The Top 5 Places to Eat Poke in Hawaii
What better way to eat your favorite seafood than deliciously raw in a traditional poke bowl?
1: Umeke’s, Island of Hawaii
If getting the best poke bang for your buck is in order, head to Umekes in Kona for ahi, tako or shrimp poke, all scooped to order with, yes, an ice cream scoop. It’s great for folks who are dining with non-poke loving friends since they offer beef and pork bowls that come with a choice of starch and one of seven just as delicious side dishes. Grab a lemonade and find a seat, if you can, on their patio.
2: The Fish Market, Maui
More fish and less of the other stuff, that should be the motto at this poke spot. Don’t let the strip mall location fool you: they are serving the best of fresh seafood every day. On the right side, the fish market serves up all the poke you could possibly want, with chunks of fresh tuna in lighter sauces so you really get the full flavor of the fish. Not in the mood for the raw stuff? The left side of the market features tacos, sandwiches and deep-friend favorites. Your best bet is to try both.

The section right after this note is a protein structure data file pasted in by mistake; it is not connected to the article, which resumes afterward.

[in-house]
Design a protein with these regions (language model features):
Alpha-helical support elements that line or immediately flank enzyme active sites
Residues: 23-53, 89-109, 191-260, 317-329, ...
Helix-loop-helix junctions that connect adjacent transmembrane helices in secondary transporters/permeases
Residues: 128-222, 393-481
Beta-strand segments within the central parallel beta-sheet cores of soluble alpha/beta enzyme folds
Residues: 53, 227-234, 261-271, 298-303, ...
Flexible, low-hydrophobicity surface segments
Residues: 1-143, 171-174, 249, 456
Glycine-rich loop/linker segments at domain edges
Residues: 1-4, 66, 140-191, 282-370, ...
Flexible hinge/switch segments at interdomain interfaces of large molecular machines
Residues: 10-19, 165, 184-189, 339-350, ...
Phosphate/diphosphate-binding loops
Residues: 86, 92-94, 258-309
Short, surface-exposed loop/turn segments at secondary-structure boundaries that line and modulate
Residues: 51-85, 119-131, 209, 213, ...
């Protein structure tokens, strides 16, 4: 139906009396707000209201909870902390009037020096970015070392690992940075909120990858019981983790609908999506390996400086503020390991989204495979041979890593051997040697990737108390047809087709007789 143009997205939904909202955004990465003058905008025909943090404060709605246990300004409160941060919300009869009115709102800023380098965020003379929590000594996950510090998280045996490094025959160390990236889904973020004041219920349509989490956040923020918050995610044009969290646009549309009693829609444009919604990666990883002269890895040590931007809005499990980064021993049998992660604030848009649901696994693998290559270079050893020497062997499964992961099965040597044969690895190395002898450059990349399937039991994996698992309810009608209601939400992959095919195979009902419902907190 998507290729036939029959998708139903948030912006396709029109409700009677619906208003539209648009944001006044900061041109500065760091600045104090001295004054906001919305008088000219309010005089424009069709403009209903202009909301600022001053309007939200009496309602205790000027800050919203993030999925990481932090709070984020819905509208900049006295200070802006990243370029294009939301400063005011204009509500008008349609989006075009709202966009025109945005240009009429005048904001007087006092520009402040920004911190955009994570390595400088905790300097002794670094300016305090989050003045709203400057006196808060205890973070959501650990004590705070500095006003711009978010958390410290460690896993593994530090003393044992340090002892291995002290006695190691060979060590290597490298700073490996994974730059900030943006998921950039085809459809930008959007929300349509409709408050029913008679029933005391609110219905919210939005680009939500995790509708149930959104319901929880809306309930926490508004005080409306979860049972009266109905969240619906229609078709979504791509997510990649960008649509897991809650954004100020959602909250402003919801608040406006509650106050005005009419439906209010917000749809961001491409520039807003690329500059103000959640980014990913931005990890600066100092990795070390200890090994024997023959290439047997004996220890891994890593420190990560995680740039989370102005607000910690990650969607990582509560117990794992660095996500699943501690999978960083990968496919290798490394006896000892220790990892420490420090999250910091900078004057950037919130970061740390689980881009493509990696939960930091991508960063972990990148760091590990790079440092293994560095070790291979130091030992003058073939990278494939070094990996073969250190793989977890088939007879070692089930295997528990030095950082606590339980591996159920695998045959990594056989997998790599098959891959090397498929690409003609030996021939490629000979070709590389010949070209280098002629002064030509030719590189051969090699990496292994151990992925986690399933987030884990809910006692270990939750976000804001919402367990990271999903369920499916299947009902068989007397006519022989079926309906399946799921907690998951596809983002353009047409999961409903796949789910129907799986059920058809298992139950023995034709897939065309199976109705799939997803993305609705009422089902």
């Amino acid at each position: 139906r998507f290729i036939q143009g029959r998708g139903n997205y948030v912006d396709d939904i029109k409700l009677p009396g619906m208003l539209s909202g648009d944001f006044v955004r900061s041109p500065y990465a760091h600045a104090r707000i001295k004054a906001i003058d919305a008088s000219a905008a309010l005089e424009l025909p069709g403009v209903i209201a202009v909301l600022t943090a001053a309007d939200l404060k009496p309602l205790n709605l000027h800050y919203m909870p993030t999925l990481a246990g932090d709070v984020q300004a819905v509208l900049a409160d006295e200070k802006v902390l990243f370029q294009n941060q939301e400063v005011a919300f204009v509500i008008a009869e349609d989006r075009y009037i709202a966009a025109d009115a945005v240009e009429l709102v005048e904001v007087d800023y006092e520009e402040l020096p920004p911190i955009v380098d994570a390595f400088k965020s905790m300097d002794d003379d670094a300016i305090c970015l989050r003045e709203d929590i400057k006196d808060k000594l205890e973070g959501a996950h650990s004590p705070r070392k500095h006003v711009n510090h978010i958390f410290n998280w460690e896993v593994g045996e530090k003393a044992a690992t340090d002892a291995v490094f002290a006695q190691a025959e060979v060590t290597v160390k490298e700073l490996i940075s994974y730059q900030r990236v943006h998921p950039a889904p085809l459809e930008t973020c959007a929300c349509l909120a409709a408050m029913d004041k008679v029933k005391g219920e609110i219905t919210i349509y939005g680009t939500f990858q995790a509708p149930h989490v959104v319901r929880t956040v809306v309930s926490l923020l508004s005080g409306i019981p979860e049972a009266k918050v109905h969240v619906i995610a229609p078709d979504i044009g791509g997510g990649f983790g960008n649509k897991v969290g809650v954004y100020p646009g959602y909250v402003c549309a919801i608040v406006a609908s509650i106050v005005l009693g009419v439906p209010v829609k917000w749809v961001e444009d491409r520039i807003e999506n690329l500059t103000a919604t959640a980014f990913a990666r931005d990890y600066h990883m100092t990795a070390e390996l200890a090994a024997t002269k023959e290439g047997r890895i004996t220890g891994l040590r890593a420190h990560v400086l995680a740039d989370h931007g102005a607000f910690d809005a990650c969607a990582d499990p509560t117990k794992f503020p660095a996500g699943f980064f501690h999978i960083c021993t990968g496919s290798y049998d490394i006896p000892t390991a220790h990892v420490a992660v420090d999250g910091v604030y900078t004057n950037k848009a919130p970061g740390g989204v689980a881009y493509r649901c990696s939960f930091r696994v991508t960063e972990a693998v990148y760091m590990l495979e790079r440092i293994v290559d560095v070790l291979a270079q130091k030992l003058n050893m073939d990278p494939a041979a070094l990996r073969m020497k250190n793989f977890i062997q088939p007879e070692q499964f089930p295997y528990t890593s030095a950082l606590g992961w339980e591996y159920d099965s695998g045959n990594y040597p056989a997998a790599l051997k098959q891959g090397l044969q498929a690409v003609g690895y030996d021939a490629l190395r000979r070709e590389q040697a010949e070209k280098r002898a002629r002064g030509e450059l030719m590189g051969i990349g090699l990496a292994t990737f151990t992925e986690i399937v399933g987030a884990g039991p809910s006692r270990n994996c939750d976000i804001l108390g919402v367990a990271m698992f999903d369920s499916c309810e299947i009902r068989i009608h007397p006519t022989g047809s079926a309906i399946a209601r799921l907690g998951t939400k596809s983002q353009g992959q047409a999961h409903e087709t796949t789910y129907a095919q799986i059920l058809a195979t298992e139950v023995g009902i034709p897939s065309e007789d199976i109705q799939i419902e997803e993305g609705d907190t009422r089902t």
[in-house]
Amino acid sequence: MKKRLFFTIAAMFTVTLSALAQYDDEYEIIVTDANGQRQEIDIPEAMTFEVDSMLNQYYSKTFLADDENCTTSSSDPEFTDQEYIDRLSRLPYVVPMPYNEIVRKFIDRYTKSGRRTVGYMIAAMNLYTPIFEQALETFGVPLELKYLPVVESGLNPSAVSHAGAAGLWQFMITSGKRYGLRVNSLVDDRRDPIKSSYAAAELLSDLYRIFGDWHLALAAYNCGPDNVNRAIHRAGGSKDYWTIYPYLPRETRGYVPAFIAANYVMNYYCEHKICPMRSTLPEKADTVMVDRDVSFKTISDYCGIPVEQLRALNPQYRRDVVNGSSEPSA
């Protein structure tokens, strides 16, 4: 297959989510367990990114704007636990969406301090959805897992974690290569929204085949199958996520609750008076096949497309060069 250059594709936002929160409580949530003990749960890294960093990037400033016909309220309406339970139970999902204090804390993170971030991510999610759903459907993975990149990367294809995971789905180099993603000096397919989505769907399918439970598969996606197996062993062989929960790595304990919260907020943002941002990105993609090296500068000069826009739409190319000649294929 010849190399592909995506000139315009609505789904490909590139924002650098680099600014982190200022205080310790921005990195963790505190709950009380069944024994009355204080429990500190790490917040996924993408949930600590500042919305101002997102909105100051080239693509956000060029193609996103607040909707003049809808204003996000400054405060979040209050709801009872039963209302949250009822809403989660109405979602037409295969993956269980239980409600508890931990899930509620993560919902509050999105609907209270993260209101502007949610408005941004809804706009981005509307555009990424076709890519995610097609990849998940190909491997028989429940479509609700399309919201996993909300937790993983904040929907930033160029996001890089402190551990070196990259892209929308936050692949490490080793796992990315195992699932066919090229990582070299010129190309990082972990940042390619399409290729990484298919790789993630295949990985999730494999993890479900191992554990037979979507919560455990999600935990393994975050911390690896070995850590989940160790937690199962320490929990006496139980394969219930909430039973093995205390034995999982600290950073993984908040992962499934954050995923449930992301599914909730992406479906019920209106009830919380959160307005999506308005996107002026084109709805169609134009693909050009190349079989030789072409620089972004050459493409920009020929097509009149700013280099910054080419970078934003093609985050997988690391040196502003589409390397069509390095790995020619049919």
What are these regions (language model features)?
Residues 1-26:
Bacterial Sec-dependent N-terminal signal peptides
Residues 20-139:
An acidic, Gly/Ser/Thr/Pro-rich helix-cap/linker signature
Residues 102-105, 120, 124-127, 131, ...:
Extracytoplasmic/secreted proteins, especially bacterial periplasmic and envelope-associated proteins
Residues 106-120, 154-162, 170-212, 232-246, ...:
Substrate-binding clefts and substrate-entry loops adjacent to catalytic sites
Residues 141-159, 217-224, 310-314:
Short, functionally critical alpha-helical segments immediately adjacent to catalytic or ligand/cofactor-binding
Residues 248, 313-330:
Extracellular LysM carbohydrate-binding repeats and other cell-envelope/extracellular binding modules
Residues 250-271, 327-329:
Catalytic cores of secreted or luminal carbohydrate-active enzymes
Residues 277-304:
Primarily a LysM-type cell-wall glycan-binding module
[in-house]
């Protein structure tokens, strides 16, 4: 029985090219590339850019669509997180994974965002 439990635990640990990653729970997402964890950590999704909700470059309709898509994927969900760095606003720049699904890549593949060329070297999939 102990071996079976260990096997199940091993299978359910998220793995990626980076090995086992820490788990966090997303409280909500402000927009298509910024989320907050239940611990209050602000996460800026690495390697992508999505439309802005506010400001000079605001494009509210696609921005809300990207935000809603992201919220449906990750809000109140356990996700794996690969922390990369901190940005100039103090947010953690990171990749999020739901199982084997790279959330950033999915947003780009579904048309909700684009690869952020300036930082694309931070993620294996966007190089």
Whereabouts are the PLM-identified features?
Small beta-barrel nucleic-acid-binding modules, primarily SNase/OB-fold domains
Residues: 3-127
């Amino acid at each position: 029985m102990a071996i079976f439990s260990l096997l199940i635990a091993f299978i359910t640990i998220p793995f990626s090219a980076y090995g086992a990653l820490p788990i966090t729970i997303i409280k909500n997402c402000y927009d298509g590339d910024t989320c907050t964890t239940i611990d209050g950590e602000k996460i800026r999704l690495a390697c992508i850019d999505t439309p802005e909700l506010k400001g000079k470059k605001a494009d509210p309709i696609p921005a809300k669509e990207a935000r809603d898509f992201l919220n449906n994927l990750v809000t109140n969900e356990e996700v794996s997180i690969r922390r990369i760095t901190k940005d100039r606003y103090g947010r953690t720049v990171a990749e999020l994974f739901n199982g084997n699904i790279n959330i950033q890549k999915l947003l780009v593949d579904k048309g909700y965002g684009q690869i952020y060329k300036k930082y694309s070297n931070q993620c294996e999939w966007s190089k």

3: Koloa Fish Market, Kauai
While the best poke bowl can depend on who you ask, you can't go wrong at Koloa Fish Market on the South Shore. There are over half a dozen types of poke to choose from so the only choice will be how you like your ahi. It's served by the pound over rice but be sure to get here before the lunch rush when they often sell out.
4: Ono Seafood, Oahu
Don’t let the lack of parking deter you from visiting this poke spot where your best bet is to plan on taking a portion to go. The menu is super clear: eight poke options with varying sauces. Regulars love the spicy ahi, which is coated in a creamy mayo-based sauce. If you can handle the heat, try the shoyu ahi poke bowl for a nice kick.
5: Lana'i 'Ohana Poke Market, Lanai
Come early so you don’t miss the good stuff at this fish market that is known to sell out early. They open at 10:30 a.m. and close once the poke pickings are gone. They sell simple, delicious poke bowls without a lot of fluff. The prices might be higher than other spots (often $17 per pound) but it’s worth it for the texture of the fish alone.